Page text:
Attention Vickie of Vickie Henderson Art gave us a two-for-one lesson in zen attention. In "A Robin's Cap", photos taken of a robin allowed her to learn more about this common bird, its features and its behaviors. And in "Just a Robin", by really paying attention to a robin, she moved toward never using that phrase again.
People often mistake the "hummingbird moth" for a real hummingbird. Check out "The Sphinx Moth" on the Birds 'n Such blog to read more about this imposter. Make sure to take time to view the video.
Acceptance Well I haven't done this before but I'm going to highlight a recent post from my own blog to reinforce a lesson in zen acceptance. My post "Birds I Don't Have in My Yard" talks about cardinals and wrens and woodpeckers that I don't have in my yard, even though I feel I do "all the right things".
But we can't MAKE nature happen and although we try as hard as we can, "there are no guarantees" in nature. I enjoy what I do see - and I see plenty - and I am grateful for every bird that graces my yard.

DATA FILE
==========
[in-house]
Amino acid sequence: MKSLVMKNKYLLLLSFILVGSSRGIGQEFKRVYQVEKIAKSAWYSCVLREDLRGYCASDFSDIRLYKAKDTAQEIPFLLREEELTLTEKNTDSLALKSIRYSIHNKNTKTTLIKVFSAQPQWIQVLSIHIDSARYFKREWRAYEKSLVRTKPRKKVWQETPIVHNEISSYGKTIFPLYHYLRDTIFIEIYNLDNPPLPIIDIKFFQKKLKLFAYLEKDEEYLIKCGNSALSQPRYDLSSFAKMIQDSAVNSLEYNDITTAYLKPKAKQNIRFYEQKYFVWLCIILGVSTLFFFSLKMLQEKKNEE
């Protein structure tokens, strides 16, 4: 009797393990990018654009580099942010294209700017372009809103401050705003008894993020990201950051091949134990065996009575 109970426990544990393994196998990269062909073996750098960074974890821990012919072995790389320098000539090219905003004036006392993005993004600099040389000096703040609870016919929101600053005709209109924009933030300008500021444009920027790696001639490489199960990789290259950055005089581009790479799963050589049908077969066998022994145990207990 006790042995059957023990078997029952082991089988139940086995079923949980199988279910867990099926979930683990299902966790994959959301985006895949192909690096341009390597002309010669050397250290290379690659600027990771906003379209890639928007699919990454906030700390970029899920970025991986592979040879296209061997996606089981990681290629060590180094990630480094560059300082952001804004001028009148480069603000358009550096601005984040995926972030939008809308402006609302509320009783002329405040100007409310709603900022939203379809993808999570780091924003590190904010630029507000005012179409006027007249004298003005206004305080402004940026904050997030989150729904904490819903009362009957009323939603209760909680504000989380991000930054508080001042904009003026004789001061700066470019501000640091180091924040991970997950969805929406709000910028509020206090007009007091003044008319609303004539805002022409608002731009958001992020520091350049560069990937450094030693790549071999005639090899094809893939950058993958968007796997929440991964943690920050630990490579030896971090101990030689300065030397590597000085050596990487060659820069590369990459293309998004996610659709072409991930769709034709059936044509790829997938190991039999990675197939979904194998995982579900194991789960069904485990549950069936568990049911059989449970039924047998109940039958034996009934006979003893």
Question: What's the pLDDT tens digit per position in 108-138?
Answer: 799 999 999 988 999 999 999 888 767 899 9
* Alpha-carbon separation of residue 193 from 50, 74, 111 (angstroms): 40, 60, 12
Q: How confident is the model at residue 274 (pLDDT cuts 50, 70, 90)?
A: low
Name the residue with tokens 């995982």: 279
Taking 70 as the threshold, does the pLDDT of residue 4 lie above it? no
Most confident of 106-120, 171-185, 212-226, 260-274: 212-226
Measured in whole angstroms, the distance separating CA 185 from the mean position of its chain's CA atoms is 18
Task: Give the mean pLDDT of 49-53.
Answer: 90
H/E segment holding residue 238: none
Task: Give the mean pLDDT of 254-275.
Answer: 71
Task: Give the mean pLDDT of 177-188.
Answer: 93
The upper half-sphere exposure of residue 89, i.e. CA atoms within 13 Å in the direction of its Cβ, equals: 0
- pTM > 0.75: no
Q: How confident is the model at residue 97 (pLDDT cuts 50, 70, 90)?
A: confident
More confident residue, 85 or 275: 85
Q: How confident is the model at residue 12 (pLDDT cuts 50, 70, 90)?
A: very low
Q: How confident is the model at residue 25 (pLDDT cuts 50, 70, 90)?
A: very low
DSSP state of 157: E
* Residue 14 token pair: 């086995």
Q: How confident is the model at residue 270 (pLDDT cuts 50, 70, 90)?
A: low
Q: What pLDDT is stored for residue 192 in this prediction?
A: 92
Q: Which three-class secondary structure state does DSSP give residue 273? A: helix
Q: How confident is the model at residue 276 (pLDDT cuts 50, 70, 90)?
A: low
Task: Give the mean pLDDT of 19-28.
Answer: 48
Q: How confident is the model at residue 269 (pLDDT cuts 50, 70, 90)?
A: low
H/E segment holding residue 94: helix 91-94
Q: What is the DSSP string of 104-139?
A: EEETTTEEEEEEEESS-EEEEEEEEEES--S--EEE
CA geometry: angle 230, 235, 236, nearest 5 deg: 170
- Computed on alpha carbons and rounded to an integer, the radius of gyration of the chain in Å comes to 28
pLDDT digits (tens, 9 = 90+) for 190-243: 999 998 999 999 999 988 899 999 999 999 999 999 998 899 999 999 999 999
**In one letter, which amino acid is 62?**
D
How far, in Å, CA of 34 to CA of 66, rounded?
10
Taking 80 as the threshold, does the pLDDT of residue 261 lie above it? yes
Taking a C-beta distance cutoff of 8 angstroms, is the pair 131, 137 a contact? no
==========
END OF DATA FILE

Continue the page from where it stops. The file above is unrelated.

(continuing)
Responsibility Part of our zen responsibility (at least as far as I define it) includes "a responsibility to share these natural wonders with the next generation". Don & Lillian Stokes' post "Birding for Kids" provides tips and resouces about birding with kids.
Remember, our children need to learn to appreciate nature now in order to want to protect it in the future.
While you are enjoying the many tasty treats that abound this holiday season, don't forget to share some goodies with the birds. Decorating a tree for our feathered friends and other wildlife is an activity the whole family can enjoy.
Here are some fun and easy recipes for making treats for the birds.
Suet Stuffing • 1 cup Bark Butter® or chunky peanut butter • 1 cup WBU Simply Suet ® (pure rendered suet) • 2 ½ cups coarse yellow cornmeal • WBU Deluxe Seed Blend, raisins, peanuts or other tree nuts (optional)
1. Mix Bark Butter or peanut butter, suet and cornmeal together. 2. Stir in birdseed, raisins or peanuts if desired.
1. Secure a piece of heavy craft paper to the bottom of a pipe cleaner. 2. Place in muffin tin cup. Spoon in Suet Stuffing. 3. Repeat for each muffin cup. 4. Place the muffins in the freezer to harden. 5. Once hardened, remove from the tin and hang the suet muffins on a tree or, if temperature is above freezing, place in feeding stations.
Pine Cone Feeder 1. Pack Jim’s Birdacious® Bark Butter® into pine cones. 2. Roll pine cones in WBU Deluxe Seed Blend. 3. Hang with string or ribbon from a tree.